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Under the knife: Why are Maori more likely to die shortly after surgery?

29 months
Approved budget:
Associate Professor Jason Gurney
Health issue:
Mental health (and sleep disorders)
Proposal type:
Māori Health Project
Lay summary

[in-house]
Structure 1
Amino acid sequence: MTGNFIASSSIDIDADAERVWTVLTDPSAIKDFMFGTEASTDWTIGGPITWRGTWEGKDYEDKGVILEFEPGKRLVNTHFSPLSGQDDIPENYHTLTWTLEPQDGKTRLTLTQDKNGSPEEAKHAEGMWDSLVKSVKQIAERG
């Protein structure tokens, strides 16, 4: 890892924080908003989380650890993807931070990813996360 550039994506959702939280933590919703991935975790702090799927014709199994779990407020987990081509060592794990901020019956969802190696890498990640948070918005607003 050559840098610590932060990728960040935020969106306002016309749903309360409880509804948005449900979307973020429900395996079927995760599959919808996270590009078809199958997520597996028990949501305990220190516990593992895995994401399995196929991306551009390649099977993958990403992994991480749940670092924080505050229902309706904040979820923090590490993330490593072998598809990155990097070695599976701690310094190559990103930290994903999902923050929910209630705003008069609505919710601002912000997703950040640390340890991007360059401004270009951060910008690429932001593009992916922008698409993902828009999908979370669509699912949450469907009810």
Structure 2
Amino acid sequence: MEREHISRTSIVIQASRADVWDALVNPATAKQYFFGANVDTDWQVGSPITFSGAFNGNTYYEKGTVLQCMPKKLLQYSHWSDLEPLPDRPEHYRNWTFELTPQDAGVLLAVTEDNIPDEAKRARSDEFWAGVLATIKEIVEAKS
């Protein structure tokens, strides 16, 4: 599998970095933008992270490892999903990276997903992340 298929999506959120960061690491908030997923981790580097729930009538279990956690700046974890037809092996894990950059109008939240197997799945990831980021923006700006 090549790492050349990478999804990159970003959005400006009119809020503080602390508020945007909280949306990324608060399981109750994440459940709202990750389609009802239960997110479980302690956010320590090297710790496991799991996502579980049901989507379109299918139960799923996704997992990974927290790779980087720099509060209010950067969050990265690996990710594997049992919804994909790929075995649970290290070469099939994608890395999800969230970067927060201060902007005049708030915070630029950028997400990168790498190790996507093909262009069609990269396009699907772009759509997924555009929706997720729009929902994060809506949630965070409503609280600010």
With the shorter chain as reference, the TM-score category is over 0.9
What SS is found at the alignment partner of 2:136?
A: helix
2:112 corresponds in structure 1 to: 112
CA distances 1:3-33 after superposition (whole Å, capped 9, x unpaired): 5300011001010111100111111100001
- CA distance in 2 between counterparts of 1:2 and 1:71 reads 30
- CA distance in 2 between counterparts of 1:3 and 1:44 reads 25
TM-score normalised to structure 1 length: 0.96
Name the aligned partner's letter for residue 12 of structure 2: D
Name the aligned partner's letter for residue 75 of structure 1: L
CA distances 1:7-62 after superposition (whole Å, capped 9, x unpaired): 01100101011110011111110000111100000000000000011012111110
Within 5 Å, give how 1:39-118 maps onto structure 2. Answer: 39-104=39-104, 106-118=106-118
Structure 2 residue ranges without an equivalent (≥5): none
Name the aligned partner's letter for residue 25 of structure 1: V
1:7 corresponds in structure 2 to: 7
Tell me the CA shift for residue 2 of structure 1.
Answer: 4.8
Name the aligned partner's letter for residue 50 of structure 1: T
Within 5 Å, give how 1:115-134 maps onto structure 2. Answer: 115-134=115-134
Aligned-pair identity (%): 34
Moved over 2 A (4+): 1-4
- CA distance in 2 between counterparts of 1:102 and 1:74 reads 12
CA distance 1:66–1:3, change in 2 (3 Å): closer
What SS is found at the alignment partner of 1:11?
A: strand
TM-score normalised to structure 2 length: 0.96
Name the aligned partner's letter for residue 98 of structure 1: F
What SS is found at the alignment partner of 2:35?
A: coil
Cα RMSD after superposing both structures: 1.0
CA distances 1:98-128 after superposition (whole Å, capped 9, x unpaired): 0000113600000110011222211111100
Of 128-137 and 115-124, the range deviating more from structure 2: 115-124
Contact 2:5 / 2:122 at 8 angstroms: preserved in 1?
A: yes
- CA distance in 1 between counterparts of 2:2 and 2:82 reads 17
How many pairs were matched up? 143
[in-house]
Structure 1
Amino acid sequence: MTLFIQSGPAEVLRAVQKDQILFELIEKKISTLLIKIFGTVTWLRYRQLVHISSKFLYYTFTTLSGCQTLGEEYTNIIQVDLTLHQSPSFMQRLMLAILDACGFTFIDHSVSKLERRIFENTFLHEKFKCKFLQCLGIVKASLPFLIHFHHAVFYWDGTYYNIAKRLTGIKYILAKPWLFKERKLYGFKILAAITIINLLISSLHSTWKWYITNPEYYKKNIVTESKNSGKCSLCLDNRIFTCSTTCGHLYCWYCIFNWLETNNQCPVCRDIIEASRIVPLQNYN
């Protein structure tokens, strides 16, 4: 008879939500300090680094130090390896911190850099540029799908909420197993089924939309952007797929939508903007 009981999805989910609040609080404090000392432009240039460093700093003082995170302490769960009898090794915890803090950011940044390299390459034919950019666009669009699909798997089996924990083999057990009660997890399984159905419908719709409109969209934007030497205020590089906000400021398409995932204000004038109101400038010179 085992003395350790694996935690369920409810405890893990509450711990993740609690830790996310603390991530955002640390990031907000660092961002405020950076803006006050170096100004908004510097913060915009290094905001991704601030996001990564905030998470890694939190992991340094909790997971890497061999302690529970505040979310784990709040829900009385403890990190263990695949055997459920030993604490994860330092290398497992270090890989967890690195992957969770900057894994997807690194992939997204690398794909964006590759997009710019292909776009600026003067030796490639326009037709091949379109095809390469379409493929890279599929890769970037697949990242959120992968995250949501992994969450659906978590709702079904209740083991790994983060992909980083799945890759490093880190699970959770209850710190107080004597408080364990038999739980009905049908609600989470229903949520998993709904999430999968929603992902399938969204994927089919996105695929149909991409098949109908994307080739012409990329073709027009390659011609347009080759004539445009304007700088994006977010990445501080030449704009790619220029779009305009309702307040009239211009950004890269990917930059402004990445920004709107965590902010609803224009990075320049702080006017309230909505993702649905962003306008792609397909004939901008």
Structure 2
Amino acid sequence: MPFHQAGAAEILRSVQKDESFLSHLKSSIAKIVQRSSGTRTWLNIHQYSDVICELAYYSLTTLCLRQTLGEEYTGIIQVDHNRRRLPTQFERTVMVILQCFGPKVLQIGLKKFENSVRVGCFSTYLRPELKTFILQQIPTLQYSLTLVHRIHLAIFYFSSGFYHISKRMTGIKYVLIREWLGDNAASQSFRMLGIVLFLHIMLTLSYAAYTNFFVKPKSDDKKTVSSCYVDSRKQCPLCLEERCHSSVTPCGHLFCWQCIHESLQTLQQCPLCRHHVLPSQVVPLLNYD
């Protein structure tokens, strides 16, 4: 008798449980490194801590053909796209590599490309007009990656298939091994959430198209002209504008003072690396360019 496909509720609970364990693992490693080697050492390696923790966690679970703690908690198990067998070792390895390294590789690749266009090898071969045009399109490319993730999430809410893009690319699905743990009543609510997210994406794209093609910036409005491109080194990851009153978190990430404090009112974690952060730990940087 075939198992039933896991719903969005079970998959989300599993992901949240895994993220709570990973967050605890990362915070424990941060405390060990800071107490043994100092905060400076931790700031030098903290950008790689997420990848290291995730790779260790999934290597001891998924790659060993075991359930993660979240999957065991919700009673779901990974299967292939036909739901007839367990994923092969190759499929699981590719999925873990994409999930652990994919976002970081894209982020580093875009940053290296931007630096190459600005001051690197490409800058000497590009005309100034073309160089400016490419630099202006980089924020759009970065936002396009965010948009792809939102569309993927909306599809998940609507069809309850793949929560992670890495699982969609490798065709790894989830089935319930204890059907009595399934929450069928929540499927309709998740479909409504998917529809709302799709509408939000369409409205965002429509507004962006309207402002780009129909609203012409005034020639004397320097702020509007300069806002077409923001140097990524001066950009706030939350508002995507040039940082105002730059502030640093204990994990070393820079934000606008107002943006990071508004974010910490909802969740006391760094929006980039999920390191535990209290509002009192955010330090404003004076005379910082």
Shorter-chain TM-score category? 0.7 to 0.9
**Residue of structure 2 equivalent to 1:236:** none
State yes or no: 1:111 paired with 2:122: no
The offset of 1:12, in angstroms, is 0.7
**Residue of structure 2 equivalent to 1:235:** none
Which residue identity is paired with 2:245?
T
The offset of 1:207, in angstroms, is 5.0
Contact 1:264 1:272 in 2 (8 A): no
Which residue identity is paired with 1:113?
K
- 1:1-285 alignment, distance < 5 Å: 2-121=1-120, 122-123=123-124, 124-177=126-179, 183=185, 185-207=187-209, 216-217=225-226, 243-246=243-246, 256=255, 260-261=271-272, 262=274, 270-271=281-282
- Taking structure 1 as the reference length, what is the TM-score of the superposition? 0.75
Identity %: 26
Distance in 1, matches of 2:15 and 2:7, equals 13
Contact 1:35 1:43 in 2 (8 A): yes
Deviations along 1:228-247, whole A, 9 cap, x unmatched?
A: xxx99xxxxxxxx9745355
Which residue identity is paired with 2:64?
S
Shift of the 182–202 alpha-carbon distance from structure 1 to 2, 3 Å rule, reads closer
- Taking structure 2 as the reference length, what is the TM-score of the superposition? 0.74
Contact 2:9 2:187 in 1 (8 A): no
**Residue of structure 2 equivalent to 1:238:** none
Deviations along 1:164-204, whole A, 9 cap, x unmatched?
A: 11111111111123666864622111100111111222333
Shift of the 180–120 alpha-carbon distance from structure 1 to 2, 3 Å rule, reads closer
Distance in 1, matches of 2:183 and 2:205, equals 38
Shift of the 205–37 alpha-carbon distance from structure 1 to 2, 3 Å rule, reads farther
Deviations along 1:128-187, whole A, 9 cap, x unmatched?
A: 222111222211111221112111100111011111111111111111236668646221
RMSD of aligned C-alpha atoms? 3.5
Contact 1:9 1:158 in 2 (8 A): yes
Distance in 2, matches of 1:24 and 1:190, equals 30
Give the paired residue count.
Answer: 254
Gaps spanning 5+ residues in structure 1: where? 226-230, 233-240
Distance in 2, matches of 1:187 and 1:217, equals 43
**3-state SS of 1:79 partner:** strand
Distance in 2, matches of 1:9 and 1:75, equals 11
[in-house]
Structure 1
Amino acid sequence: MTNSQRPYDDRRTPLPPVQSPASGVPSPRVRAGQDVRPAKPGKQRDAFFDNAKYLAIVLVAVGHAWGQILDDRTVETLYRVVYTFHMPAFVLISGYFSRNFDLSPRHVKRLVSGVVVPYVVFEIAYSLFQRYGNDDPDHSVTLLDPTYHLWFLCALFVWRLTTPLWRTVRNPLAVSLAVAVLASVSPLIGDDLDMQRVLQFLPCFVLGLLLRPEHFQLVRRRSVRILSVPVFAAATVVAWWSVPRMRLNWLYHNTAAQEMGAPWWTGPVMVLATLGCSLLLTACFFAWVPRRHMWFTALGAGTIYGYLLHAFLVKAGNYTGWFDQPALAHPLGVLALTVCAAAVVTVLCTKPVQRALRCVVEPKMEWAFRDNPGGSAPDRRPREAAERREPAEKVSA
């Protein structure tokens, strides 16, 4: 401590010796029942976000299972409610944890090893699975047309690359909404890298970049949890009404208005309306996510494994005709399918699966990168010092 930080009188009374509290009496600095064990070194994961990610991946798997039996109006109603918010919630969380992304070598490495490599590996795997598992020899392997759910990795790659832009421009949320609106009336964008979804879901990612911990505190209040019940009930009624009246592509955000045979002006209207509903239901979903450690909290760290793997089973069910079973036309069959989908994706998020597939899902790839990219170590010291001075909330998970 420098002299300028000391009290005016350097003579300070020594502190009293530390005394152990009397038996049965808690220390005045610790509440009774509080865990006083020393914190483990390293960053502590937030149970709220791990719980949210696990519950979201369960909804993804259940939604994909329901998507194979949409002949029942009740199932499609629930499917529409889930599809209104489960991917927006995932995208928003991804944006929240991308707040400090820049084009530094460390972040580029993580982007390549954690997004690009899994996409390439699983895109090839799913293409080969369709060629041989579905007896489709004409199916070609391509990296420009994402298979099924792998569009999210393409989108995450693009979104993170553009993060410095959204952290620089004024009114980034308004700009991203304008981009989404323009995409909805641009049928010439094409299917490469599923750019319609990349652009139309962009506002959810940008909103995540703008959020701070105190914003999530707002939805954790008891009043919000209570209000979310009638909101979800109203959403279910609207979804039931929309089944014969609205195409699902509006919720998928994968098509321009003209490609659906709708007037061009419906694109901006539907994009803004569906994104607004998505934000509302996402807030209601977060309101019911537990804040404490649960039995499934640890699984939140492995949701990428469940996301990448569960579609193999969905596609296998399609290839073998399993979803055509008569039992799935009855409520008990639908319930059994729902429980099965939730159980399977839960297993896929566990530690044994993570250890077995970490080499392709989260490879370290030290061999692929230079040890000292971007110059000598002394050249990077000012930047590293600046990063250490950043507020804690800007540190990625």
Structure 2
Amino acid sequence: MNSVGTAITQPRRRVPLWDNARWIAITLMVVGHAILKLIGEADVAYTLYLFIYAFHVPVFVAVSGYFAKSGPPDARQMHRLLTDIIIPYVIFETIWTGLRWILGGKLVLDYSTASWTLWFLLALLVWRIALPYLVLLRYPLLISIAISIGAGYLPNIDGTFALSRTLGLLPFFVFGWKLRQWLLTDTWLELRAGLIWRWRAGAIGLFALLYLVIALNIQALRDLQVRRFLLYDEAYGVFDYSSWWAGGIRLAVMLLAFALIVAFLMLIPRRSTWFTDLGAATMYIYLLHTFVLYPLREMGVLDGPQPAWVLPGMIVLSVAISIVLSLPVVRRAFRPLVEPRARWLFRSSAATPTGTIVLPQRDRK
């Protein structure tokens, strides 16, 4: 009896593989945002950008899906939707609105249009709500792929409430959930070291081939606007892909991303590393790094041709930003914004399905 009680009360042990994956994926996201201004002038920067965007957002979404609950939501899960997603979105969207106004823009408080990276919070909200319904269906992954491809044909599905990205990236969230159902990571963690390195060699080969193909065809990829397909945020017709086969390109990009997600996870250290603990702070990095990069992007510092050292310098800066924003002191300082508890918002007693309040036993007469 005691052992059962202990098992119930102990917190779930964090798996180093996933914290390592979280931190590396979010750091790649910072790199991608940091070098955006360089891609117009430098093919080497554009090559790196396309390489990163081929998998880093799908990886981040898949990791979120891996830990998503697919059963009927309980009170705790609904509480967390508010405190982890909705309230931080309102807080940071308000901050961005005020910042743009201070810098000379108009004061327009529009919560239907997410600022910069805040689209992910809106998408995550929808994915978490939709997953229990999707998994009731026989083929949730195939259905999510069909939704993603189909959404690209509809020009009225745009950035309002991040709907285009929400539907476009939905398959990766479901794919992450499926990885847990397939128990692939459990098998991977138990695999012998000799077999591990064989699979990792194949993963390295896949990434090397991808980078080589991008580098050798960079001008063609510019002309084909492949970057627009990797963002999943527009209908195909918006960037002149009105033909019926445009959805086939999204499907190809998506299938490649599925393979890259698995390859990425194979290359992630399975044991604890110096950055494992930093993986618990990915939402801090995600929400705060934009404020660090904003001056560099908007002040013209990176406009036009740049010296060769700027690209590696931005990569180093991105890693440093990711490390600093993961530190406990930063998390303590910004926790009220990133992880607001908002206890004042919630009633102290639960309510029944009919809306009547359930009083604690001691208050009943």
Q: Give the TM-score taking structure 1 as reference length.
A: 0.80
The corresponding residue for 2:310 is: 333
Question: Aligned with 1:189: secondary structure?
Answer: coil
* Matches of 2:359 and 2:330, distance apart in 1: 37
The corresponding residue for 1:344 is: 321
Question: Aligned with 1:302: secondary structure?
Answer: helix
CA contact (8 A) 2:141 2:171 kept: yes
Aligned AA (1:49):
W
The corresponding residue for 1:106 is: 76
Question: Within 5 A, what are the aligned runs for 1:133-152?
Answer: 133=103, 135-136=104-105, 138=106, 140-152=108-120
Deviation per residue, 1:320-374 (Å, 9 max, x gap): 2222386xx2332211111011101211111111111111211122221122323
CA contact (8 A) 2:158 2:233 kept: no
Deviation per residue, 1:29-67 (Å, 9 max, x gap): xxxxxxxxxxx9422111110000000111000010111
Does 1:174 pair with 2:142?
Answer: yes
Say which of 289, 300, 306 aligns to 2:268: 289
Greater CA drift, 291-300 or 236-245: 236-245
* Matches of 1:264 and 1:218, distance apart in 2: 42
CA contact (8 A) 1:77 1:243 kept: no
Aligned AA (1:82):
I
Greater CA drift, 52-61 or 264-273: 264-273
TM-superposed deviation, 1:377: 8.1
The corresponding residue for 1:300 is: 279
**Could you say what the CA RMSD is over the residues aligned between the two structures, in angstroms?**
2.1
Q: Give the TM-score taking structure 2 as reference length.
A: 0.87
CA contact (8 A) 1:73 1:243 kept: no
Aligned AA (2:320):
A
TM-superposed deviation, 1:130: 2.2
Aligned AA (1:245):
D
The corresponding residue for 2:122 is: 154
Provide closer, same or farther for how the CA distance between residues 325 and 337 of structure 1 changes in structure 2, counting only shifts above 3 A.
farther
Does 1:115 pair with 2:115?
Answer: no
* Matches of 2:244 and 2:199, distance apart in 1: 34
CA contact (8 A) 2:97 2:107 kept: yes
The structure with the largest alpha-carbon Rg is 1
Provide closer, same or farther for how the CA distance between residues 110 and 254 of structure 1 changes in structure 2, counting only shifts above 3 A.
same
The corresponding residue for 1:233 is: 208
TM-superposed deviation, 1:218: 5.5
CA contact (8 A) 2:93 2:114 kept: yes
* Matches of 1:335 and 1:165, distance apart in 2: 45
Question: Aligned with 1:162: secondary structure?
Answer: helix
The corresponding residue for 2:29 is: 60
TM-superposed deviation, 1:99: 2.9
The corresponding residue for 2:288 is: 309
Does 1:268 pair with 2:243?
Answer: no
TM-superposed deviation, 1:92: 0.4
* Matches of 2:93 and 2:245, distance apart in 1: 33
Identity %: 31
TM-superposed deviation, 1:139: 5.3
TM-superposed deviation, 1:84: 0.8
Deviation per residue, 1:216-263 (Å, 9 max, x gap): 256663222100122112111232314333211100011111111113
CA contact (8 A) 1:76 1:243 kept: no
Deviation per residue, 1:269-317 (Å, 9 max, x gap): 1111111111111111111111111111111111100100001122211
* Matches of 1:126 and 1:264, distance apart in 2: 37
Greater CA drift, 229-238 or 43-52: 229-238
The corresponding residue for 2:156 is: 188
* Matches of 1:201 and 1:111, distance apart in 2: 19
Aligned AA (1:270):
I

A national committee that monitors death after surgery have estimated that Maori are 62% more likely to die within 30 days following an elective or waiting list procedure - even after taking age, gender, deprivation and physical status into account. This appalling inequity requires prompt investigation and action. Specifically, there is an urgent need to describe in detail the extent to which inequities exist in postoperative mortality between Maori and non-Maori, and to identify the key system- and patient-level factors that are driving these inequities. Using large population-level datasets and in-depth review of clinical notes, this study aims to a) compare the risk of postoperative mortality between Maori and non-Maori New Zealanders across multiple surgical specialties, b) identify the key drivers of the observed disparities, and c) influence change for those drivers that are modifiable.